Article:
By W. David Gardner,

A sextet of tech giants linked up on Thurs to promote Linux globally, with the unveiling of a new company called the Open Invention Network (OIN).

The six are Microsoft, IBM, Novell, Philips, Red Hat and Sony.


HAHAHAHAHA! The reporter here made a huge mistake here... e/software/173601498

[ Reply to This | # ]

Open Invention Network Begins Stockpiling Patents - UPDATED
Authored by: tknarr on Thursday, November 10 2005 @ 01:17 PM EST

The only problem I see with this is it's limited protection. The OIN provides protection against patent attack by companies that actually make things which might infringe on patents in the pool. The big threat, though, is from "IP" companies whose only asset and product is the patents they hold and their license-fee claims. They don't make anything, so they can't infringe on your patents. A patent pool provides no protection from them. The only protection will be for them to cause enough problems for large companies who actually do make things that those companies finally realize that software and business-method patents are more of a threat to them than an asset.

[ Reply to This | # ]

Sony -- A love/hate relationship.
Authored by: kutulu on Thursday, November 10 2005 @ 02:52 PM EST

It's pretty bad when not even the entire company can decide wether or not to be
evil with regards to their IP.

On the one hand, you have Sony (the tech side) taking steps like this to make
sure their IP is available for use by those who need it. On the other hand, you
have Sony (the music side) telling us that it's perfectly acceptable to
compromise my PC with a hidden root kit before I'm allowed to listen to the
music I just bought, becase "most people won't notice".

So do we cheer them or jeer them? I want to reward their good behavior by
purchasing stuff from them, but I want to punish their horrible behavior by
boycotting them. I wish they'd just make up their mind.


[ Reply to This | # ]

Open Invention Network Begins Stockpiling Patents - UPDATED
Authored by: Anonymous on Thursday, November 10 2005 @ 03:10 PM EST
This sounds like MAD where the cost of retaliation for being
the one to fire the first shot is too much to bear and makes
the whole effort moot. The weapons are there but no one
will use them. Not a great method but considering human
nature, a realistic one. Probably will work until it
becomes unnecessary.

[ Reply to This | # ]

GPL style license for patents ?
Authored by: tizan on Thursday, November 10 2005 @ 03:20 PM EST

Could they open these patents by giving a license GPL style...
that is all codes written using these patents have to be
distributed with a GPL compliant license.

Just a thought.....

tizan: What's the point of knowledge if you don't pass it on. Its like storing
all your data on a 1-bit write only memory !

[ Reply to This | # ]

Here's a few, going cheap?
Authored by: star-dot-h on Thursday, November 10 2005 @ 03:21 PM EST
For starters, they could try getting these: /


Free software on every PC on every desk

[ Reply to This | # ]

I don't like this....
Authored by: whig on Thursday, November 10 2005 @ 03:57 PM EST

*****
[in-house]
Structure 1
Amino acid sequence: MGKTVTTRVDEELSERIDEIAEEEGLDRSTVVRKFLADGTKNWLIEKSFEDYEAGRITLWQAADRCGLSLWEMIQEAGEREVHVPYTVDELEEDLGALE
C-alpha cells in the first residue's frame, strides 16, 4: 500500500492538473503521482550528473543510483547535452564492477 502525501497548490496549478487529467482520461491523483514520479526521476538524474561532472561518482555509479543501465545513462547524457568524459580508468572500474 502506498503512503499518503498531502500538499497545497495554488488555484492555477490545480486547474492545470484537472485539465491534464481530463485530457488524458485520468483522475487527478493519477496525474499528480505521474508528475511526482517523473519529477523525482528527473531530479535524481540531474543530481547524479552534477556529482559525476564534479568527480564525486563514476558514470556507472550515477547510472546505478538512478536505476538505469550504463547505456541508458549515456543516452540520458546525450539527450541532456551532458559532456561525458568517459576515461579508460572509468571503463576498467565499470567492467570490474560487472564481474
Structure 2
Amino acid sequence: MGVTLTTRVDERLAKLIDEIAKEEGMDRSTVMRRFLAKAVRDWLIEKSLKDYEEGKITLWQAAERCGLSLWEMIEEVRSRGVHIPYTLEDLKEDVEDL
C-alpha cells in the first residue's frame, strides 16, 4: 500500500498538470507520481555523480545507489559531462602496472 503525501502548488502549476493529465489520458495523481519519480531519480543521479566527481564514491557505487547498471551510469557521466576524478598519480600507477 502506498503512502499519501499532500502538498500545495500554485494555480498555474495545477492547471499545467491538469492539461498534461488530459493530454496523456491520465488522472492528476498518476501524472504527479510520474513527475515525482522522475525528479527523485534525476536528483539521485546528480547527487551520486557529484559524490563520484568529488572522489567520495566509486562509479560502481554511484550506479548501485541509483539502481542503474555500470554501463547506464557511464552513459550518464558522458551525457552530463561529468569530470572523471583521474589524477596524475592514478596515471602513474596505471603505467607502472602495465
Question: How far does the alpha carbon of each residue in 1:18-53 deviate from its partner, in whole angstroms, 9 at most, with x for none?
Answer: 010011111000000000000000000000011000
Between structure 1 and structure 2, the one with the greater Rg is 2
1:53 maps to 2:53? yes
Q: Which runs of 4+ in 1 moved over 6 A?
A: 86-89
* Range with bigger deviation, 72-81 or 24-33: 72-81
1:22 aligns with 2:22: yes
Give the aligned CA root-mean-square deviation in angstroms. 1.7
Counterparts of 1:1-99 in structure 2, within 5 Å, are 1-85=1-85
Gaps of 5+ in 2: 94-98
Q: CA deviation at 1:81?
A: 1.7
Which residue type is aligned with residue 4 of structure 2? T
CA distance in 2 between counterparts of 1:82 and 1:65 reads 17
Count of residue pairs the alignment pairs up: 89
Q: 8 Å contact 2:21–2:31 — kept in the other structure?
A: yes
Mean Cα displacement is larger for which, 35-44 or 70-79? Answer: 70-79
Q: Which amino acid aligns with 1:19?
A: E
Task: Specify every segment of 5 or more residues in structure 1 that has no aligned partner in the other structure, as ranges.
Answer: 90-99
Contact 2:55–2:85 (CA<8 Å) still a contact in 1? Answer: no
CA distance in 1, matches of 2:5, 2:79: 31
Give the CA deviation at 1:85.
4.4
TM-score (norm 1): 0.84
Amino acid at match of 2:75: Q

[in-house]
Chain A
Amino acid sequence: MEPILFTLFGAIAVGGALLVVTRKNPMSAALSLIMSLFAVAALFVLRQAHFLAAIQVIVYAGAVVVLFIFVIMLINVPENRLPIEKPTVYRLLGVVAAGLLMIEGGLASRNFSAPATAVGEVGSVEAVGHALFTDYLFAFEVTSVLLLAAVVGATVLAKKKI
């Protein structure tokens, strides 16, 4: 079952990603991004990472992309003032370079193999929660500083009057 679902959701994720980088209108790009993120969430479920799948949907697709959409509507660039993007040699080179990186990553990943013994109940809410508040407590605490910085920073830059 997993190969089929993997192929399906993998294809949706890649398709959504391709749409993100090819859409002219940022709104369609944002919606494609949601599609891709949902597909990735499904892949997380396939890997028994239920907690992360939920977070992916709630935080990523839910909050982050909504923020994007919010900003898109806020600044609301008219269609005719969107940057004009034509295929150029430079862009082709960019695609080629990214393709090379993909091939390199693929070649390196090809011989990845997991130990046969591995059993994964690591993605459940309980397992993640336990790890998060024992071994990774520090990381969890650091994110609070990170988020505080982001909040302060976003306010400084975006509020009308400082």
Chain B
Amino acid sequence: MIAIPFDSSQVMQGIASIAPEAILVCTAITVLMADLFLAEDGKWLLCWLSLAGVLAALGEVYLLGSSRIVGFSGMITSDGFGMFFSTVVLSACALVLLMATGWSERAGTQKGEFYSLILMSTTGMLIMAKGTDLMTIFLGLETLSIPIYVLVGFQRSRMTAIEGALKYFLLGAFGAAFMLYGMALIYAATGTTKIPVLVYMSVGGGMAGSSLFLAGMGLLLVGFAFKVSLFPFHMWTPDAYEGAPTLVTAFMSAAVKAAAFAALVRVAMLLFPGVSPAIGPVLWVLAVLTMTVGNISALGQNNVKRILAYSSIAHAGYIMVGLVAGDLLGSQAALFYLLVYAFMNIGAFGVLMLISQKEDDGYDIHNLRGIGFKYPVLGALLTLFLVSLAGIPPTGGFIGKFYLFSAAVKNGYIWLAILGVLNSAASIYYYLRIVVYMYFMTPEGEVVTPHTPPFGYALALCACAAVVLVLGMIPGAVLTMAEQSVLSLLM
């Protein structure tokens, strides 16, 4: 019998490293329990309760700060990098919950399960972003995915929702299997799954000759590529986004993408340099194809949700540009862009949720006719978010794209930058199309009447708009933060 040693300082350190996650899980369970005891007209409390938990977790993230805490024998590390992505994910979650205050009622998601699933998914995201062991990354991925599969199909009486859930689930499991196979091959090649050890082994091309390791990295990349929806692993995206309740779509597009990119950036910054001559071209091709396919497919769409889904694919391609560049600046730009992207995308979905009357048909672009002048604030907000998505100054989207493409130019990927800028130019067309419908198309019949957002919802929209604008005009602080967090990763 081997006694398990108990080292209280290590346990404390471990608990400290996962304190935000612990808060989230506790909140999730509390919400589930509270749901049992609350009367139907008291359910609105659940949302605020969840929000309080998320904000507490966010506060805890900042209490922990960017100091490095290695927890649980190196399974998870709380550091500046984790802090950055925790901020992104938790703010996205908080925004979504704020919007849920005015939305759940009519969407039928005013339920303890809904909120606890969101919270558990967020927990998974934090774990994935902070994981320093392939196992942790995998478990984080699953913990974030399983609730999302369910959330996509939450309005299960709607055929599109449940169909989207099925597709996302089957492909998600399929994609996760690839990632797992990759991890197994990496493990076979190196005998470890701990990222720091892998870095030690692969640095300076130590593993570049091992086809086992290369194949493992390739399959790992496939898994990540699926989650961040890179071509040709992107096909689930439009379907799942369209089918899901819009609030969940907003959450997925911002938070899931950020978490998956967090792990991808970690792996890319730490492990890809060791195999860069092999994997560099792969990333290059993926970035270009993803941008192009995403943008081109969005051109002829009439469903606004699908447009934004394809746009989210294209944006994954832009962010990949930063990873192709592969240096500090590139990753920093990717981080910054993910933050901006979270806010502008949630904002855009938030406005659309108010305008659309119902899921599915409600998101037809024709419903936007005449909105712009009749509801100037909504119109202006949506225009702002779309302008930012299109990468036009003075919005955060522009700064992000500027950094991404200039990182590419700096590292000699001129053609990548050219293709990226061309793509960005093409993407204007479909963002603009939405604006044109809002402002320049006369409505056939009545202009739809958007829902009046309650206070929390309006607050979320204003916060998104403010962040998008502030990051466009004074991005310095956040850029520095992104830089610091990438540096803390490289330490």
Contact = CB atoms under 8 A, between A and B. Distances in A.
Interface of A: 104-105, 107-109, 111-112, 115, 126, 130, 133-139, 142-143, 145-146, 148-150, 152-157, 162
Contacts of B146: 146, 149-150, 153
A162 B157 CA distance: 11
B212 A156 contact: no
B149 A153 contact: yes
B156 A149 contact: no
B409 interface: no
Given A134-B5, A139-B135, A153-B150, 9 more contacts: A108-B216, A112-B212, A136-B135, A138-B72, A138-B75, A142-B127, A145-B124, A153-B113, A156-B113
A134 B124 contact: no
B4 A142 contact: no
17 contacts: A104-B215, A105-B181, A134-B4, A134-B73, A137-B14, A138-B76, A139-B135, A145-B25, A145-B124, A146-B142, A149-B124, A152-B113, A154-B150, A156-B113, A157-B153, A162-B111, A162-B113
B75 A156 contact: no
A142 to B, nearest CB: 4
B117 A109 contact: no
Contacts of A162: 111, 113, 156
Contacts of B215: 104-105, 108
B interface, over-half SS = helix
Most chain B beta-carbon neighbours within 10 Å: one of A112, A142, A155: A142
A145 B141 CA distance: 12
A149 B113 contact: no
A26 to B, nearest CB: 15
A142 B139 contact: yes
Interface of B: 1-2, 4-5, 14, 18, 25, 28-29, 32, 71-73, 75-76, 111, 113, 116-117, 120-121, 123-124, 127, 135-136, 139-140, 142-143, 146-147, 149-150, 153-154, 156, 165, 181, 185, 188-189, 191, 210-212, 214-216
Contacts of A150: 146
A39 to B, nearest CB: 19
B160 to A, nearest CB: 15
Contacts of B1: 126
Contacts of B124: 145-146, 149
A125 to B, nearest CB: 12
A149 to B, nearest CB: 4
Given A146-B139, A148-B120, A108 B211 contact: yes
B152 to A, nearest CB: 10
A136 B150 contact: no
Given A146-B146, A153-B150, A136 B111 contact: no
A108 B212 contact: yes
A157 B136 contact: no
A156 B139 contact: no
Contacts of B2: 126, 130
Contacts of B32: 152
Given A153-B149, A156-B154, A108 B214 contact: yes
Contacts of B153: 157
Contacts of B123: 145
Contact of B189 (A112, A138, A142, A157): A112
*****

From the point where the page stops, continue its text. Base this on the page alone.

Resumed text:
What's to stop a company (Microsoft, for instance) from mounting an attack on
Linux / FOSS by selling one or more patents they would use against us to a pure
(so-called) "IP" firm, which has no other business that might require
a patent license from OIN or anyone else?

[ Reply to This | # ]

Open Invention Network Begins Stockpiling Patents - UPDATED
Authored by: adobriyan on Thursday, November 10 2005 @ 04:01 PM EST
> Patents owned by Open Invention Network will be available on a royalty-free
> basis to any company, institution or individual that agrees not to assert
> its patents against the Linux operating system or certain Linux-related
> applications.

Does anybody understands if this applies to Linux kernel or
Linux kernel + GNU stuff?

[ Reply to This | # ]

How can we know it's working?
Authored by: Anonymous on Friday, November 11 2005 @ 02:52 AM EST
The first thing that struck me as I was reading this is that, even if the pool
is effective and helps reduce the threat of patent lawsuits, nobody will notice.
The only evidence of its effectiveness would be in a relative lack of lawsuits.
And even if such a reduction could be measured as such, it would be very
difficult to conclusively show a cause-and-effect relationship between it and
the patent pool itself.

So I'm afraid that the detractors of such schemes will always be able to say
"it doesn't work", simply because it's almost impossible to determine
if it actually *is* working. It's a bit like putting little security warning
stickers on all the windows of your house. If nobody attempts to break in, is
it because of the stickers, or simply because nobody has targeted your house
(for whatever other reason)?

(For the record, I think it's a great idea myself, because it's about the only
realistic defensive action that can be taken outside of abolishing software
patents completely.)
The poster formerly known as m(_ _)m

[ Reply to This | # ]

Open Invention Network Begins Stockpiling Patents - UPDATED
Authored by: Anonymous on Friday, November 11 2005 @ 08:01 AM EST
It speaks volumes about the wonderful patent system that a group like this is
even needed.

I hope the government is watching and learning what the the patent system is
doing to software.

[ Reply to This | # ]